I'd been listening to the same thing myself just yesterday. Although - not teaching on a Monday - I had no interest in the outcome. What did amuse and then annoy me was the number of callers 'phoning in to say how swift they thought the schools had been to close their doors, how work-shy the teachers all must be and how it would never have happened in their day. Well, maybe. But I bet when they trudged through ten foot snow-drifts in the good ol' days it was to a local school. What many people (conveniently) forget is that - thanks to twenty years of cuts - thousands of children are now forced to travel long distances by bus, even in towns and cities. And in many cases (certainly in rural Lincolnshire) it's the bus companies whose decisions determine school closures - not the teachers. But since when did the truth get in the way of a good story, eh?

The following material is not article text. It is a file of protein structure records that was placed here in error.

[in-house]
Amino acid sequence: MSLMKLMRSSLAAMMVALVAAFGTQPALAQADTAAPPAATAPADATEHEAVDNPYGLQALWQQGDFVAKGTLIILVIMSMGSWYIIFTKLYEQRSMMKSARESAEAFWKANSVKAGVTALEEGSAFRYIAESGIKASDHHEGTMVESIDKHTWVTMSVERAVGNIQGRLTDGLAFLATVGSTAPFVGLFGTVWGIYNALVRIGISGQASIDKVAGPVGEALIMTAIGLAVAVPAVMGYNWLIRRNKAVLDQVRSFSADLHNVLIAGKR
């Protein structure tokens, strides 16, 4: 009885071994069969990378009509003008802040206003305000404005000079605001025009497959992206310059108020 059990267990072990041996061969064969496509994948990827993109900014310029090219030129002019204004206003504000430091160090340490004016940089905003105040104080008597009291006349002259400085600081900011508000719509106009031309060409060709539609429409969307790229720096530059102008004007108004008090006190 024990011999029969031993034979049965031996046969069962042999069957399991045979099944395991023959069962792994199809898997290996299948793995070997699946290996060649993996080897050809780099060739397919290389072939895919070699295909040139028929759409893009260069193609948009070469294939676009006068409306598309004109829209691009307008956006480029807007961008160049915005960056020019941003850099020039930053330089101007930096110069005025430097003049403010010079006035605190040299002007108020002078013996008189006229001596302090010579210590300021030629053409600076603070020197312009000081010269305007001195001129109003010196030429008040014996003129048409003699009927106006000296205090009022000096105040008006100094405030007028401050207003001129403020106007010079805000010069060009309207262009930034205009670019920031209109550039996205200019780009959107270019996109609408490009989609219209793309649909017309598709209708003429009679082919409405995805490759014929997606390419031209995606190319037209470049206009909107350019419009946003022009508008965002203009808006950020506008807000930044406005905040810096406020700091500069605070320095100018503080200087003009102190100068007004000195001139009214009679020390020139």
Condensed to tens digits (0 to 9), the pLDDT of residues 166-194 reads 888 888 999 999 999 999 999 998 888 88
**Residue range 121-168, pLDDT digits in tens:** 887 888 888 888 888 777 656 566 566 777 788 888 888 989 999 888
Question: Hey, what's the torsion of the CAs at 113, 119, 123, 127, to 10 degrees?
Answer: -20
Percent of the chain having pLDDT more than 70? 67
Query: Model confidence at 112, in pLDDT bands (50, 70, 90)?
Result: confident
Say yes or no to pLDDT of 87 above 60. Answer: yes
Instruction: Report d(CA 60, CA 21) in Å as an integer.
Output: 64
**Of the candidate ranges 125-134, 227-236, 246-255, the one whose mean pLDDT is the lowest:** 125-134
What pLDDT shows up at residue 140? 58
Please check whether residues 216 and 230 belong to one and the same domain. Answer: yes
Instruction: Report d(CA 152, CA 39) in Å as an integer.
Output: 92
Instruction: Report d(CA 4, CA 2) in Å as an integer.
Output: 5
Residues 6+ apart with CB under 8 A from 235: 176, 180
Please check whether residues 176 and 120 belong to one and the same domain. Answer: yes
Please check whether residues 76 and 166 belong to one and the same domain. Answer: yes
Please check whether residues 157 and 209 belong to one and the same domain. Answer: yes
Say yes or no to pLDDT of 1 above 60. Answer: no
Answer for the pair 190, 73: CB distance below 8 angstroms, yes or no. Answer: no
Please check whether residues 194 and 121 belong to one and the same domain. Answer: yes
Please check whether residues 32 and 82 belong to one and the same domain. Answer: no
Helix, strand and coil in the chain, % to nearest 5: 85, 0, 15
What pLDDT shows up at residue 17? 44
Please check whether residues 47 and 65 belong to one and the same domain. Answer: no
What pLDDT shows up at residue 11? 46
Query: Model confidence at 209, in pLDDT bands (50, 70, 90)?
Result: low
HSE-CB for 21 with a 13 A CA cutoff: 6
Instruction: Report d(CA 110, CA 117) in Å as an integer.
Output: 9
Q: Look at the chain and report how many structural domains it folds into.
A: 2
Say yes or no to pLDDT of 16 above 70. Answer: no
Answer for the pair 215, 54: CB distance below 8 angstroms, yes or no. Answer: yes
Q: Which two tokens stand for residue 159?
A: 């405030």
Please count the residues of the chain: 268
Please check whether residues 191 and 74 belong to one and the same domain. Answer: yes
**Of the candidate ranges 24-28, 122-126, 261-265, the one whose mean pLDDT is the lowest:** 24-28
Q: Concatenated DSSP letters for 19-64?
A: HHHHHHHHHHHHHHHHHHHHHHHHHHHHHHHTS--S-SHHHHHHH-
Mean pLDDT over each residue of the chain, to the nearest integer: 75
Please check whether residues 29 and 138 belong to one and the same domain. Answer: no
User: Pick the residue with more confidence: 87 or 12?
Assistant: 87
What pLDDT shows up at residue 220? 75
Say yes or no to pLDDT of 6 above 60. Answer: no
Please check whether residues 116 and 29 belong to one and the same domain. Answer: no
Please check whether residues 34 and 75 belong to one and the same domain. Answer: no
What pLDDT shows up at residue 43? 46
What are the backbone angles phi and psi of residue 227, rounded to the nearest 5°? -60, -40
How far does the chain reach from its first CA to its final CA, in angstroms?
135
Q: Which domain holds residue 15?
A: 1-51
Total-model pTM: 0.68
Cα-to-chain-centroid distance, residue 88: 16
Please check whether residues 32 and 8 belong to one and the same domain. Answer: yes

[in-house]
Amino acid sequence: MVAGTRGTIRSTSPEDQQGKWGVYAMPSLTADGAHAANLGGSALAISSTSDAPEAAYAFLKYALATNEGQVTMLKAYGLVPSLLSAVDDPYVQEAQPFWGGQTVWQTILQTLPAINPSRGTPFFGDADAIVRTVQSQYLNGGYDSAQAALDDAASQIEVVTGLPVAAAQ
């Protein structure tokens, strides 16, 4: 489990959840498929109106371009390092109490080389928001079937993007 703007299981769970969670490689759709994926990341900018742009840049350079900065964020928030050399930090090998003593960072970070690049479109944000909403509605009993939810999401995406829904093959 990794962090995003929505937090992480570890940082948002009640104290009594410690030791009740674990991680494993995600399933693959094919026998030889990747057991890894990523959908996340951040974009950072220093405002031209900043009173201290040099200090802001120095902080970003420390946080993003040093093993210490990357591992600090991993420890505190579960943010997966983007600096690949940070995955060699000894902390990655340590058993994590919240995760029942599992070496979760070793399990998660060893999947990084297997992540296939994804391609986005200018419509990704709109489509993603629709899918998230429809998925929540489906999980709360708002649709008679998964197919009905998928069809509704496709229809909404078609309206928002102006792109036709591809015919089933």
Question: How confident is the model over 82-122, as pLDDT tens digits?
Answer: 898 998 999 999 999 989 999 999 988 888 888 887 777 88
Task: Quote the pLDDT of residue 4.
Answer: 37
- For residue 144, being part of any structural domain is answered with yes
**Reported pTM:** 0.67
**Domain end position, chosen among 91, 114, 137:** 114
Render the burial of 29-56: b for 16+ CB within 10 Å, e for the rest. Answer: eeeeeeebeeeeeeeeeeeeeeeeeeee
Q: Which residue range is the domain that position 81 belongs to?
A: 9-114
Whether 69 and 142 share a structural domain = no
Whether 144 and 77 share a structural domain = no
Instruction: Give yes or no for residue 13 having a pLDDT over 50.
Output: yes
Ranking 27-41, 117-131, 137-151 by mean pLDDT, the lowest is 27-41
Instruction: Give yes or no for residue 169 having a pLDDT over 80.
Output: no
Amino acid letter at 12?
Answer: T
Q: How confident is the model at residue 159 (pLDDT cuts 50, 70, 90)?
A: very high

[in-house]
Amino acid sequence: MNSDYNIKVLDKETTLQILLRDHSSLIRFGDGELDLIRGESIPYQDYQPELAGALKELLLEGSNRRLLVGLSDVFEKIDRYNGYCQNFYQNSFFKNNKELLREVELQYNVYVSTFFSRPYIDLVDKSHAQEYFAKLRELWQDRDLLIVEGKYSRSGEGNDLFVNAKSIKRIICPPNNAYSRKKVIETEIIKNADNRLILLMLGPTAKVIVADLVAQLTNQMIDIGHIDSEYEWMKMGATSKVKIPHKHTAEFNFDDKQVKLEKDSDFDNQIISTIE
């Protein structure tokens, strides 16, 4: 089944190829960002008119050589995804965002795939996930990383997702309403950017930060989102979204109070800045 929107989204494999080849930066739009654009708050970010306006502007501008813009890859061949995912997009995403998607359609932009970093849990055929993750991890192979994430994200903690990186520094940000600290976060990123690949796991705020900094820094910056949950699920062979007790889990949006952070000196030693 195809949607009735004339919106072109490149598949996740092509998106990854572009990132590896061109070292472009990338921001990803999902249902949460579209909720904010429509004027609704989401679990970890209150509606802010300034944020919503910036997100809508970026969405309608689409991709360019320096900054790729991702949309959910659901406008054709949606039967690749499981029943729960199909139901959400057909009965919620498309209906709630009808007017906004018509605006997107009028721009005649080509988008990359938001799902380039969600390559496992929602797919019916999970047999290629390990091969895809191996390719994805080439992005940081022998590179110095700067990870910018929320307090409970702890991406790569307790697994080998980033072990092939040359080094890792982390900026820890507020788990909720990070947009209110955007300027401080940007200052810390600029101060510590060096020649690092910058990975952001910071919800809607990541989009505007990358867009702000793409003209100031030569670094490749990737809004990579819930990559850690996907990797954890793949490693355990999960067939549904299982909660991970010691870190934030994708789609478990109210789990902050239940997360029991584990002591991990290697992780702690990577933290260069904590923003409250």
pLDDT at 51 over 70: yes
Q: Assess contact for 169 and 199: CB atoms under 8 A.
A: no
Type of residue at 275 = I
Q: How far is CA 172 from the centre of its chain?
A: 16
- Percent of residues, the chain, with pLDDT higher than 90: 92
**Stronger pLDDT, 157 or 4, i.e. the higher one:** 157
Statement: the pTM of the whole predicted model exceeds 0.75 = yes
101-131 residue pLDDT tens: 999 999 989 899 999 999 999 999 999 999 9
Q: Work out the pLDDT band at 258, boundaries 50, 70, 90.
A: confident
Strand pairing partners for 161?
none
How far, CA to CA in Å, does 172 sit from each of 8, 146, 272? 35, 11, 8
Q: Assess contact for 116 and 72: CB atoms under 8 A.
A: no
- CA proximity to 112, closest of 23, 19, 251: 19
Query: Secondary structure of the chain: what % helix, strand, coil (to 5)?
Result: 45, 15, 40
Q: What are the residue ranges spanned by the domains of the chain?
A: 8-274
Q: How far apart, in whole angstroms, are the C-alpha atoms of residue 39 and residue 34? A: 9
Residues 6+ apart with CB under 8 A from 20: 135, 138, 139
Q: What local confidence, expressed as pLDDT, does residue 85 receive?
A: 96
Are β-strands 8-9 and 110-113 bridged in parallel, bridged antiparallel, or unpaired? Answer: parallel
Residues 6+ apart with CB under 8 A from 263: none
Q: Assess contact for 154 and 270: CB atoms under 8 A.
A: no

While we're at it, why not make invidious comparisons with Scandinavian countries. I bet their schools don't close and the trains all run on time. But then given the amount of snow they get they'd have to, wouldn't they? Or else they might as well just hibernate for six months every year. After all, they get an awful lot of snow, much more than we do.
I must admit I actually quite like it. Not because it might get me an extra day off, but because it changes things. It's unusual; it makes things look and feel and sound completely different. Because it's unusual. Which is why no matter how accurate the weather forecast, we're never quite prepared.
Picture taken on the 11.53 from Sleaford!